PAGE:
Cybersecurity for startups

Startups can be flippant with cybersecurity, but even small companies are targets for attack. Worse, many startups never outgrow their poor security habits. For every high-profile breach, many early-stage startups face existential risk due to poor security posture.

Fortunately, healthy security practices are easy to achieve when you have them in mind from early in the lifecycle of your startup. A single article can’t comprehensively cover everything a startup should do, but this is a good start for anyone yet to take security seriously.

Access management

Startups use a lot of SaaS products to get their work done. When a startup is breached, it is usually because someone on the outside has managed to access an employee account for an important SaaS tool. By managing access responsibly, you can mitigate this risk.

First, create and maintain a list of all company-provided software tools. This list will help you to periodically audit access and billing and guide your employee on/off-boarding procedures.

Second, ensure authentication for each tool is managed in the most secure way possible:

Prepare for phishing

Phishing is one of the most common ways that startups are breached or scammed. No business is too small to be the target of a phishing scam. Almost every startup I have worked with has had phishing attempts against them.

Phishing is a method of identity theft that relies on individuals unwittingly volunteering personal details or information that can then be used for nefarious purposes. It is often carried out through the creation of a fraudulent website, email, or text appearing to represent a legitimate firm.Investopedia

Phishing is relevant to SaaS startups because:

Common phishing/spoofing scams include:

Some ways to reduce the likelihood of being phished include:

Establish a data-management policy

Leaky file storage and data loss can be major risks for startups. Establish a standardised policy for how data, documents, and files should be managed:

Centralise and log sensitive requests

Some business operations are more sensitive than others. Delegate these tasks to a specialised team of individuals (this could be your HR, finance, or operations team), and log requests and actions.

Examples of this type of work include employee on/off-boarding tasks, granting an employee access to a new system, adjusting terms and conditions, and installing a new Slack app.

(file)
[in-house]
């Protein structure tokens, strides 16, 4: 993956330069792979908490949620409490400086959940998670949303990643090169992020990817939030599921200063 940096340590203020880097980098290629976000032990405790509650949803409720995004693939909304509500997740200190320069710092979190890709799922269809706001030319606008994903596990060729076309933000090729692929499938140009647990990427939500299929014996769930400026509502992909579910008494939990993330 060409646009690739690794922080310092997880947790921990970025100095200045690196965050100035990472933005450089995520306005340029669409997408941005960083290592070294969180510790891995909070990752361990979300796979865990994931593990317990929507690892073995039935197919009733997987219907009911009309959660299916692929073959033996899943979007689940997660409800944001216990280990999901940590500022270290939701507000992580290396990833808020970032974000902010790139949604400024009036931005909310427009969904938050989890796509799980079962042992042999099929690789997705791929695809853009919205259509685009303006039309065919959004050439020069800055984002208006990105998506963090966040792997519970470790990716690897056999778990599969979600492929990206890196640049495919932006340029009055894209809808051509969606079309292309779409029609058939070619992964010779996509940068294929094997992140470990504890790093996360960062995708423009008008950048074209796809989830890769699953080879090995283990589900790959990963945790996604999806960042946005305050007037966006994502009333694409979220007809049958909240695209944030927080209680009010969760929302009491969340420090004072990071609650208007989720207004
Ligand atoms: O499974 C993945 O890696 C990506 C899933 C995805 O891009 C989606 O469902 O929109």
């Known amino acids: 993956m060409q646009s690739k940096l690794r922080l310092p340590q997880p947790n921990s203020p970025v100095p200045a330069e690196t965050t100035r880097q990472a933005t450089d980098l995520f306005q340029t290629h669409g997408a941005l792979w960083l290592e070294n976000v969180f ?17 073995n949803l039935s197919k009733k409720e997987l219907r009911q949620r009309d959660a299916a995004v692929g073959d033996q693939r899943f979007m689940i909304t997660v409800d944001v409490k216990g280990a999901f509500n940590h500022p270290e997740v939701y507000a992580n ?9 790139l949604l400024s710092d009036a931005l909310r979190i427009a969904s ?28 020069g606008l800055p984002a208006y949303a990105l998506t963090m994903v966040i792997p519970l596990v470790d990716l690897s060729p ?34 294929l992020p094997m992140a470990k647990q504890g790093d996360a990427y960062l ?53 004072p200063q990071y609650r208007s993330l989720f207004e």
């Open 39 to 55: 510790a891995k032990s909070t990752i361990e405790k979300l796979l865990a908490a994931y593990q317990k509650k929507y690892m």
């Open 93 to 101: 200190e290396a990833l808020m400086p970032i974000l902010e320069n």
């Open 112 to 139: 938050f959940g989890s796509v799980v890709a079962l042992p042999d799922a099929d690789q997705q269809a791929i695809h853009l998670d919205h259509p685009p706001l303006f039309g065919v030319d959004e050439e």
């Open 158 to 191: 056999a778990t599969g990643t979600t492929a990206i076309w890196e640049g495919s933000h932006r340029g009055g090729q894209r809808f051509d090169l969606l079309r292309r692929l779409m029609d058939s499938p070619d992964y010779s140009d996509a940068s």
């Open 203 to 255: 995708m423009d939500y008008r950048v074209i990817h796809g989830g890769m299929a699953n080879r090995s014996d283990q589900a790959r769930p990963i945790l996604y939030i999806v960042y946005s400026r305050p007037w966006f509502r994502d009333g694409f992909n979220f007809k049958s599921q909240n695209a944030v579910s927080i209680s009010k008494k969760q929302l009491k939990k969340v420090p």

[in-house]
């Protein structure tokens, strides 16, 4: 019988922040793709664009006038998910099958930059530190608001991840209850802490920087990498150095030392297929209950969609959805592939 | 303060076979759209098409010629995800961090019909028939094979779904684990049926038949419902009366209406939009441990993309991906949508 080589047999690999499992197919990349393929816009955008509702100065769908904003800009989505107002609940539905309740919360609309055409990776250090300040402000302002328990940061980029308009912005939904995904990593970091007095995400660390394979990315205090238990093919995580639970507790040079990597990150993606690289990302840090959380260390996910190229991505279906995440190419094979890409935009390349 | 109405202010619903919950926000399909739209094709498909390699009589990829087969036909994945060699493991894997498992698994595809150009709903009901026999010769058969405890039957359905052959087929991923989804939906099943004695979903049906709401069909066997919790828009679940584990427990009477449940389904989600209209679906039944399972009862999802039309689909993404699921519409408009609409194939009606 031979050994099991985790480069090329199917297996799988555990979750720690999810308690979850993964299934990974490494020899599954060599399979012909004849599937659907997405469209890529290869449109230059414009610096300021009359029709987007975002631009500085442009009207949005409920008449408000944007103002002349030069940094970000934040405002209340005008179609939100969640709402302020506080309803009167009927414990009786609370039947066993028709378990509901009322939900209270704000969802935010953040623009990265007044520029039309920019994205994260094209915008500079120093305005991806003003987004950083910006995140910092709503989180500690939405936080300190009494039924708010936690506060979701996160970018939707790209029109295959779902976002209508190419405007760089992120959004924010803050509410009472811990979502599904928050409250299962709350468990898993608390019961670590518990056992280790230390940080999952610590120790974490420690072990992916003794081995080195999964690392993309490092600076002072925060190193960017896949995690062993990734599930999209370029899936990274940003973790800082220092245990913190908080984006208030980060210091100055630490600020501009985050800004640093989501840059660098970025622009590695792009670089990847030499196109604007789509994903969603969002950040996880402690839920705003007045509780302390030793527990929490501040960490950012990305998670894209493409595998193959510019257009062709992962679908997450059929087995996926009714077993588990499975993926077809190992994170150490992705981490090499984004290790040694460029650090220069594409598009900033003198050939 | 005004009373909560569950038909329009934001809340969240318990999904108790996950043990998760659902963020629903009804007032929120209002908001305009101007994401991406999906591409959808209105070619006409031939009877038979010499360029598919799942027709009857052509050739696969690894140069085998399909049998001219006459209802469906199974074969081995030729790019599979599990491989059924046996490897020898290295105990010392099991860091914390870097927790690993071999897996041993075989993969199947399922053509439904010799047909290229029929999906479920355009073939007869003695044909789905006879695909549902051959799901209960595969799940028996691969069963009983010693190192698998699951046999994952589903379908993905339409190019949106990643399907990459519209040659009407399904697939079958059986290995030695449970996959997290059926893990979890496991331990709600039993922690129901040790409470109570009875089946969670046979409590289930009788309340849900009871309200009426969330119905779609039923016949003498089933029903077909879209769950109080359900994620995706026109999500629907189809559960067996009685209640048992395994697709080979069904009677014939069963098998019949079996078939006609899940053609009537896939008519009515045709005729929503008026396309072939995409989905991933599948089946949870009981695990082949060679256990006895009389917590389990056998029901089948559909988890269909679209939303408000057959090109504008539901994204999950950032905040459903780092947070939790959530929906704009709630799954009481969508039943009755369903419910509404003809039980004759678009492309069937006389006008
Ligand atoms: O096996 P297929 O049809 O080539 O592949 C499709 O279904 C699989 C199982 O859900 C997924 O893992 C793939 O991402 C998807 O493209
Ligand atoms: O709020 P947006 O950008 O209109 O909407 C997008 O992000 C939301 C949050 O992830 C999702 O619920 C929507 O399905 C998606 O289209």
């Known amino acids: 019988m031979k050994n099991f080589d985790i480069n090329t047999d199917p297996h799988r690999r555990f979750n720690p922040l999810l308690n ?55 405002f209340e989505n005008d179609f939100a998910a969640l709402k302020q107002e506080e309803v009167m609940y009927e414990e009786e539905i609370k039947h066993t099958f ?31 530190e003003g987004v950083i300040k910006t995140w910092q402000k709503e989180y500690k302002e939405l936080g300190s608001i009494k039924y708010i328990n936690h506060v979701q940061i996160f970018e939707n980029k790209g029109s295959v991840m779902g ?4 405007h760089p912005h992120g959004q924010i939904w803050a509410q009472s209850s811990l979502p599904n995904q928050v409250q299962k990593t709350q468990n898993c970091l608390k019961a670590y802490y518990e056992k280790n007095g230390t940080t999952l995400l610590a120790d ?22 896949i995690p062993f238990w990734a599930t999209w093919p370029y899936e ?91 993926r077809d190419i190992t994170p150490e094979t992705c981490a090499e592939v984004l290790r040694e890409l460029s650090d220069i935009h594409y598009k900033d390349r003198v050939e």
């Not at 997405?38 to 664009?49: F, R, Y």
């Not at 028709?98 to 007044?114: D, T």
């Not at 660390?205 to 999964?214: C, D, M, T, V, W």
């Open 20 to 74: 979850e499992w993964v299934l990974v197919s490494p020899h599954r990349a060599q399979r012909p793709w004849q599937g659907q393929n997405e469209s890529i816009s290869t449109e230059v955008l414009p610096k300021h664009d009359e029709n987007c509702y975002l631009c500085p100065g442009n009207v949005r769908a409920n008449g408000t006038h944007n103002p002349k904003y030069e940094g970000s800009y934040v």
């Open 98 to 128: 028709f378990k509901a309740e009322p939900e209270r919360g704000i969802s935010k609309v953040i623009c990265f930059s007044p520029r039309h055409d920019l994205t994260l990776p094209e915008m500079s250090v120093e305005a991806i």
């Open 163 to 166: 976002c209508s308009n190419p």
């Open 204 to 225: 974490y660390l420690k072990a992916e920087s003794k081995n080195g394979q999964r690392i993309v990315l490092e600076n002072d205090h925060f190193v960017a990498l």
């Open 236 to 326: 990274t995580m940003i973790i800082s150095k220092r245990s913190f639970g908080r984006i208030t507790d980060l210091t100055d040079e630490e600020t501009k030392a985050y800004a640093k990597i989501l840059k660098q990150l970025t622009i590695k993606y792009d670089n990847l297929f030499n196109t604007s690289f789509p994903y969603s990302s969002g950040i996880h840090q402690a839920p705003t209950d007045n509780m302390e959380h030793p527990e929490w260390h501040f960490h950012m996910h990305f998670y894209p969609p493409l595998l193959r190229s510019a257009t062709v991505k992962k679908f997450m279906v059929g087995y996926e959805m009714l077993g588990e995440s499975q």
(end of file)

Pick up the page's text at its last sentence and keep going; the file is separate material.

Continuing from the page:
The easiest way to do this is to funnel these requests through a standardised request form that creates work in your support help desk, CRM, ERP, or task management system like Jira.

Avoid sensitive data

The best way to secure sensitive data is to delete it or never have access to it in the first place. Only collect and keep what is necessary to provide services to your customers.

Responsible product development

As a software vendor, you have the same responsibilities as your own vendors. Offer SSO and MFA to your customers. It is much easier to offer these from the start than to add them later.

Architect your product with security and privacy in mind. Consider quarantining services that handle sensitive data from other services so that as few people as possible can access them. Encrypt sensitive data in transit and at rest. Collect service logs, so you know who is accessing what. Don’t keep secrets (API keys) in code repositories. Sanitise inputs to mitigate code and SQL injection.

Audit your dependencies and keep them up to date. Subscribe to publicly disclosed cybersecurity vulnerabilities to be notified when new vulnerabilities are disclosed.

Unless you can properly enforce it, avoid charging customers per user. This encourages them to share accounts internally. Try to charge based on the value you provide instead. Similarly, many SaaS companies charge a premium for SSO — you should avoid this, if possible, as it is always in your best interest to provide the best security to your users.

Seek external advice. As you grow, the potential damage of a breach grows exponentially. So, your security practices should improve beyond the simple baseline outlined in this article. Most governments have cybersecurity recommendations for small businesses that you should be across. Data residency, for example, is regulated in many geographies and industries. OWASP is a great resource for engineers. If, as a technical founder, you don’t have experience with securing a SaaS product, ensure one of your early hires has done this before.

5 February, 2023

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